People, enough with the faux-hip, slap-happy crime films! Haven’t we already exhausted every ounce of adrenal-rush fun there is to be had out of this strain of pulp fiction? In the nearly two decades since Quentin Tarantino hijacked the genre and revamped it into one long, gleefully violent Trivial Pursuit game, filmmakers from Saskatchewan to Stoke-on-Trent have flattered him sincerely with their imitations. Still, we get gratuitous guns-and-giggles mash-ups like this, in which a young Dubliner (Murphy) in debt to an Irish gangster (Gleeson) has to pay up ASAP or else. Once he goes on the lam, the film shifts into quirk overdrive: homosexual henchmen, a detour through the city’s dogfighting subculture, the romantic problems of our hero’s downstairs neighbor (Jodie Whittaker), a father (Broadbent) who’ll go to great lengths to avoid sleeping, and cheeky voiceovers from—wait for it—the Grim Reaper.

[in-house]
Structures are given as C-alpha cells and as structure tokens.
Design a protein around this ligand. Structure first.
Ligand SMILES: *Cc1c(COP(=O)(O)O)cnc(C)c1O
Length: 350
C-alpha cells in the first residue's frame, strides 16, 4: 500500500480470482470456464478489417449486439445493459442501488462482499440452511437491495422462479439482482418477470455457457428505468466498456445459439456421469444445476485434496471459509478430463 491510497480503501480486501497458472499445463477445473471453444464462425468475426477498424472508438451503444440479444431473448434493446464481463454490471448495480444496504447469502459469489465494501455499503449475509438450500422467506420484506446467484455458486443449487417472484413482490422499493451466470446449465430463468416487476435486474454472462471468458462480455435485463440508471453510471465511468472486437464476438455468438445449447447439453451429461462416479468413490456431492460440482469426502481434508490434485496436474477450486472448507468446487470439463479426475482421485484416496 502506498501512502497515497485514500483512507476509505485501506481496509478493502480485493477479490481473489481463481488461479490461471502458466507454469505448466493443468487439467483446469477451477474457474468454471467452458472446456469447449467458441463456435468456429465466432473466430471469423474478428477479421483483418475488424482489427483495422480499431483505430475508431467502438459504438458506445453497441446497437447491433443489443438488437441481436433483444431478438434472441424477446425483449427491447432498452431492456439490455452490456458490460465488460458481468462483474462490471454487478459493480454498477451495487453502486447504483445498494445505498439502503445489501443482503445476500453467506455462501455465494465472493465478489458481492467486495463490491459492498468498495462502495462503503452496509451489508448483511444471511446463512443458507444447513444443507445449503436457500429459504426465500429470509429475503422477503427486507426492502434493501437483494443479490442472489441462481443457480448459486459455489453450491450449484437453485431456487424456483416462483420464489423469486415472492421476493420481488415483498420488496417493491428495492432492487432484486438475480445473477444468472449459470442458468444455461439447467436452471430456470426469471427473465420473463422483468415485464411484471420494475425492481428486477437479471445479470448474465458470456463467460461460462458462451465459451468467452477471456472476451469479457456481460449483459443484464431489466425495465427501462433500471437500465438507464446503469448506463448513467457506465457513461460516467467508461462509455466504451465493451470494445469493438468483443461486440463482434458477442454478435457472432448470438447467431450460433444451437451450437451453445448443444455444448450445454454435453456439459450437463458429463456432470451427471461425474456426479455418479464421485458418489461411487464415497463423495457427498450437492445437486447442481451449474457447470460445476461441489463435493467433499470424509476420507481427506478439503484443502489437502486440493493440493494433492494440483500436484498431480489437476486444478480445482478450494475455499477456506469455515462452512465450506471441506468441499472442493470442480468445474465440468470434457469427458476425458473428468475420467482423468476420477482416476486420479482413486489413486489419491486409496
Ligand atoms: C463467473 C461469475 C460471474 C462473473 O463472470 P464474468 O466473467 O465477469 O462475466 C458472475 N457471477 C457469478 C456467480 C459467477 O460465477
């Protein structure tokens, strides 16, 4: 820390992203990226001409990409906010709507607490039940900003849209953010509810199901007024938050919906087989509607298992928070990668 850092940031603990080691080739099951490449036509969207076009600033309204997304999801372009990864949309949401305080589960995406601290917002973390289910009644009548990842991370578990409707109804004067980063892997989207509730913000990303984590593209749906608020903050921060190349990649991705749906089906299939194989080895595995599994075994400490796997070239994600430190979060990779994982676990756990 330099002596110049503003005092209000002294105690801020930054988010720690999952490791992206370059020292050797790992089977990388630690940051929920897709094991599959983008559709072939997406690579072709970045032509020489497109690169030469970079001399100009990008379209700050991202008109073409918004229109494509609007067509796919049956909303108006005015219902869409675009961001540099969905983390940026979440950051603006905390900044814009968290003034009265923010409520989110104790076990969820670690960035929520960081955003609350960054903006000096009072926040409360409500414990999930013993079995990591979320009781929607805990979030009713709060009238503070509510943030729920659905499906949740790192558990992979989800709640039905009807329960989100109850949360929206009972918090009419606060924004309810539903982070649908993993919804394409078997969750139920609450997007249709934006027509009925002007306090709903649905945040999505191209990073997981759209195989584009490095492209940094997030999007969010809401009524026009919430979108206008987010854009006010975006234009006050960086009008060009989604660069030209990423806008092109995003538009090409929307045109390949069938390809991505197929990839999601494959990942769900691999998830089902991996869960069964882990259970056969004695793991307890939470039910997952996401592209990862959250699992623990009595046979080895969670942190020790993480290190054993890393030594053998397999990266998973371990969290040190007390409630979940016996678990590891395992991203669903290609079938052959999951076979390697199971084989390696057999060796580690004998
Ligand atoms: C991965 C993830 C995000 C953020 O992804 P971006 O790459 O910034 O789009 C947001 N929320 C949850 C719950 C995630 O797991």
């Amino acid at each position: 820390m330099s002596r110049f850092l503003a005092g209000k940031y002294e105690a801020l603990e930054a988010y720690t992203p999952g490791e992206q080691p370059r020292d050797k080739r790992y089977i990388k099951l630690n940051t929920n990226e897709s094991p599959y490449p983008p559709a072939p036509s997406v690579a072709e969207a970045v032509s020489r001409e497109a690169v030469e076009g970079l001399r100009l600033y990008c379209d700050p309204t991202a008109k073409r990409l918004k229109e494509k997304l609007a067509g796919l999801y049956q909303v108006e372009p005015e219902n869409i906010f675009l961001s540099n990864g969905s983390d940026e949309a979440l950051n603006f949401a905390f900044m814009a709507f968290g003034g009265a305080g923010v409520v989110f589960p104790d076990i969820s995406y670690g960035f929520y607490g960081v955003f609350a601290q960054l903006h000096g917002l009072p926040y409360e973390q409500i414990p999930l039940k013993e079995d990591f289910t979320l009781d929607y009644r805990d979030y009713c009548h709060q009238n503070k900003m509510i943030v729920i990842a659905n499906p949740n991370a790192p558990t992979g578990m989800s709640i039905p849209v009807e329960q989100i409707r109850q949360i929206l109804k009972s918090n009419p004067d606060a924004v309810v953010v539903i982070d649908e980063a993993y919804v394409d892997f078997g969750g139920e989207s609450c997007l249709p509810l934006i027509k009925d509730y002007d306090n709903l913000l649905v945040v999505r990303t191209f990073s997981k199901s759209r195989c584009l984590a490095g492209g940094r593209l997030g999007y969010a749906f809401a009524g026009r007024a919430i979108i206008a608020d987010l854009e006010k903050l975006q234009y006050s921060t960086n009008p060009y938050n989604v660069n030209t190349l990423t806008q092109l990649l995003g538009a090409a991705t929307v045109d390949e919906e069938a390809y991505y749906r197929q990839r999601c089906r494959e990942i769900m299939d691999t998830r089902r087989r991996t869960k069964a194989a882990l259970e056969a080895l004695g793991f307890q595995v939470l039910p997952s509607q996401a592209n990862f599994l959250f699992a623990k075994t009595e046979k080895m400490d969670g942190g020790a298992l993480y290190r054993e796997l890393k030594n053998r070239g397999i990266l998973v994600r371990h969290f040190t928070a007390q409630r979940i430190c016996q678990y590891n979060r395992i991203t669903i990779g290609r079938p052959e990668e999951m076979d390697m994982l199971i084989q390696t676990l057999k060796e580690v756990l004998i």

Ian Fitzgibbon’s batty, blood-soaked joyride certainly isn’t the worst of the wink-wink-bang-bang flicks (see Guy Ritchie’s movies), and you’d have to be a serious nontalent to get boring performances out of either Broadbent or Gleeson. But it takes more than a few good actors playing bad apples to sustain such familiar romps through regurgitated material. There’s no bounty to be plucked from Perrier’s Bounty. The treasure chest has long since been emptied.—David Fear